I’m looking to generate PDFs for a set of model parameters by comparing with observations. The forward model runs entirely in matlab and each model evaluation takes 2-3 hours. I’ve been putting together a Bayesian inversion using UQlab following the examples and manuals using the MCMC solver. UQlab calls a wrapper that submits 20 jobs in parallel and waits for all of those to finish to get the results I need to compare to data. This seems to work fine but currently I’ve only tested it on my workstation for 2 parameters (I’m hoping to do 6) and for 30 iterations with NChains = 20. I want to scale this up and was originally hoping to send these jobs to my university cluster via the wrapper but this isn’t working (discussion in a seperate post on these forums). As an alternative, I could run the entire analysis on the cluster rather than the individual forward model evaluations but the problem there is that the maximum time I can run a single job on the cluster is 3 days. My question: Is it possible to ‘restart’ the bayesian inversion that was stopped at e.g. iteration 60, and continue from that point in the solution? I’m sure this must be possible but I haven’t seen anything obvious on how this could be done in practice.

Hi @s_rosier

**In short**: yes, this is possible by manually specifying the last points returned by the MCMC sampler as the new starting points for a separate MCMC analysis. You would have to write a routine that does this, but this should be straight-forward.

That being said, I would not necessarily opt for MCMC on the full model in your case. If I understand correctly, a single step of an MCMC algorithm with C=20 chains in your case will take approximately 2 days. To say the least: this is not ideal for MCMC because you might have to run the algorithm for a couple of months before obtaining anything useful.

Instead, I would suggest you give surrogate modeling a try first. The idea here is to train a surrogate model of your expensive forward model, and use this cheap replacement model in the MCMC analysis (have a look at `uq_Example_Inversion_08_Surrogate`

). Alternatively, you could also just opt for a simple maximum-a-posteriori analysis (`uq_Example_Inversion_07_MAP`

).

Hope this helps!

Hi @paulremo thanks for the quick reply! Perhaps I’m confused - but with 20 chains run in parallel then each iteration takes as long as a single forward model evaluation, e.g. 2-3 hours. This seems like a manageable run time to me but I would not expect the solver to have converged within 3 days. Indeed my plan is to move to surrogate modelling, and I hope my approach makes sense from an uncertainty quantification stand point which I am still trying to learn. The plan would be to do the analysis described above, starting from uniform PDFs for my model parameters to generate informed PDFs using the model evaluated over the ‘observational period’ (20 years). I would then take these PDFs and run the model forward in time for several 100s of years to train a surrogate model. This surrogate could then be used to produce uncertainty bounds for my output of interest. When planning this, I felt that the first step was fast enough that I could avoid a surrogate model, whereas the second step evaluating for several 100s of years is much slower and so will require a surrogate model.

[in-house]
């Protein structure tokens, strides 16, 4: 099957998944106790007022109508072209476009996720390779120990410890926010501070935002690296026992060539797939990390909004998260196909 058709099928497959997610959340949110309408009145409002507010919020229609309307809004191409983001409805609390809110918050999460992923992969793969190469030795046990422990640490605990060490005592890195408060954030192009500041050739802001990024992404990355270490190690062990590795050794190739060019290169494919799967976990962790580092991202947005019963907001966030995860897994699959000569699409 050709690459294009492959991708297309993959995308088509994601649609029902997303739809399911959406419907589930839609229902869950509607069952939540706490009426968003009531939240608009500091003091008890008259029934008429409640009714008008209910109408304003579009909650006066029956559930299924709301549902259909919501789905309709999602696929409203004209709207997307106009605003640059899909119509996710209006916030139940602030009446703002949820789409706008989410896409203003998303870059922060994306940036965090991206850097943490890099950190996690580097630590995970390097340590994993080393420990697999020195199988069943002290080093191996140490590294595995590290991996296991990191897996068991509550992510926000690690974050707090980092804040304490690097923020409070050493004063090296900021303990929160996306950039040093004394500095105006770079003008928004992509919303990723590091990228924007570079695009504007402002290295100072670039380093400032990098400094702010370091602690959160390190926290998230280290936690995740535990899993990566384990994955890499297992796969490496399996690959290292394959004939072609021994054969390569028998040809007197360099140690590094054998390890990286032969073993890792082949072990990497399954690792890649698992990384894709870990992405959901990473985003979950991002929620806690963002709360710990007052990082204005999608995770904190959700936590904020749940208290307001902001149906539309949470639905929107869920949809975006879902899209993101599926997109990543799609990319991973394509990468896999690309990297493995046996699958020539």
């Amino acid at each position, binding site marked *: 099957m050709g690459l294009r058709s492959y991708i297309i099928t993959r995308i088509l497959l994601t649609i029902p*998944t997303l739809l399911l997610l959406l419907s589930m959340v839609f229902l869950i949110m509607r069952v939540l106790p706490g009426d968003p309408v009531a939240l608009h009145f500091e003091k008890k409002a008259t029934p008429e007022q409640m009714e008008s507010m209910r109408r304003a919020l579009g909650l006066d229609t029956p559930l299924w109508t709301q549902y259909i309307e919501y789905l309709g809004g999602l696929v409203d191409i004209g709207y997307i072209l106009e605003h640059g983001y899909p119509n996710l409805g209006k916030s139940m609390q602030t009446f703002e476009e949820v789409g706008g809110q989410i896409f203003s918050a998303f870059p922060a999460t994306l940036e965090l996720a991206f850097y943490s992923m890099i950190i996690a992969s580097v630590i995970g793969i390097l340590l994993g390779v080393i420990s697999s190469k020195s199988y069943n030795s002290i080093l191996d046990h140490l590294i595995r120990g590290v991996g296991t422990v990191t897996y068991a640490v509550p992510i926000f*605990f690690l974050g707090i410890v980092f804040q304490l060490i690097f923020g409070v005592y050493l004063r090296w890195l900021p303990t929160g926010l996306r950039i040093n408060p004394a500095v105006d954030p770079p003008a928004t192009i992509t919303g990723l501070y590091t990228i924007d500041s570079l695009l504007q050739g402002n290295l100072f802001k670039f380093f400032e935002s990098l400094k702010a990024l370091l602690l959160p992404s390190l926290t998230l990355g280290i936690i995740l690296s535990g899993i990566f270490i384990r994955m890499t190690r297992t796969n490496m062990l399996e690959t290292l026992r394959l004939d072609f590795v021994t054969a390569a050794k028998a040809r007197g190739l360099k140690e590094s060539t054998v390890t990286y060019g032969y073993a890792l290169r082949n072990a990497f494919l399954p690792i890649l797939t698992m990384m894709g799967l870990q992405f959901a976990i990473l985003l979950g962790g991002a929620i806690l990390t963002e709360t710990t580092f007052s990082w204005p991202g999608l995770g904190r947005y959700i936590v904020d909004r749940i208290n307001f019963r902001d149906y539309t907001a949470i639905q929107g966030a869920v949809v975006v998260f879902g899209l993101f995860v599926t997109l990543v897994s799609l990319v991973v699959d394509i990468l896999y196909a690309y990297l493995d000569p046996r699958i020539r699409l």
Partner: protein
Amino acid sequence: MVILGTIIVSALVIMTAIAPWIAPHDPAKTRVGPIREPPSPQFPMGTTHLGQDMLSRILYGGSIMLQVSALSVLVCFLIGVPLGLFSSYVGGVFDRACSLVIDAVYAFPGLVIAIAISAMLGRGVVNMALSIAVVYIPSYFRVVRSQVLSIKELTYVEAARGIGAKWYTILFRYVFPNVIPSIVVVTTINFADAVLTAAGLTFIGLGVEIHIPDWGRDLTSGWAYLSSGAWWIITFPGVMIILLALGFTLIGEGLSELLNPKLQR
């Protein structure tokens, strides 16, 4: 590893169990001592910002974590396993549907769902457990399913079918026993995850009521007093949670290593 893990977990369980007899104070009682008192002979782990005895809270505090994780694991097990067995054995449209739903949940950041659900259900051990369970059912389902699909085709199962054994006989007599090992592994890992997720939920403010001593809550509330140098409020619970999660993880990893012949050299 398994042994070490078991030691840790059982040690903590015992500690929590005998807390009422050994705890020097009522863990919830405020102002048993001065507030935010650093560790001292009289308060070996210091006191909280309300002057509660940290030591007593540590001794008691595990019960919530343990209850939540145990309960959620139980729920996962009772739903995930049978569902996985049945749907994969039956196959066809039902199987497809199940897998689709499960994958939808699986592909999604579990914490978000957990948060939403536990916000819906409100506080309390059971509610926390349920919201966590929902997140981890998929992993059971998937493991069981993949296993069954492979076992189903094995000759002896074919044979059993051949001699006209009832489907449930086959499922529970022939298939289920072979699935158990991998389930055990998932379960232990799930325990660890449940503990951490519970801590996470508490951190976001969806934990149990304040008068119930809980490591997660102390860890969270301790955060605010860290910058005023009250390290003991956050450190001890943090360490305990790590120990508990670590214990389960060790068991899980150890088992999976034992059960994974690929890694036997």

I’m a bit confused exactly how to go about specifying the previous points in the MCMC sampler as new starting points for a second MCMC analysis, could you please explain this in a bit more detail for me? Thanks again!

I would say you should give surrogate modeling a try right away. If a single analysis takes more than 1 hour, there is surely no harm in trying out surrogate modeling techniques before potentially wasting resources.

Regarding parallel MCMC sampling, it depends on the MCMC sampler you use: The current default sampler (`AIES`

) does not support parallel model evaluations, so I suggest you switch to `MH`

which does. In order for your forward model `myModel`

to be evaluated in parallel, you need to make sure that `uq_evalModel(myModel, X)`

runs in parallel.

Finally, for reusing the last points produced by an MCMC sampler, just have a look at `lastPoints = myBayesianAnalysis.Results.Sample(end,:,:)`

. This matrix stores the points generated at the last MCMC step by all chains. For your next analysis, you then simply feed those points as a seed to the next analysis

```
BayesOpts.Solver.MCMC.Seed = lastPoints
```

When running the next analysis, the MCMC sampler will start from this provided seed which is equivalent to never having stopped the analysis.

Hi Paul,

Thanks so much that’s exactly what I was after! I have already switched to an alternative sampler because I ran into the limitation you described with the AIES sampler. I will also do as you suggest and start playing around with the surrogate modelling techniques.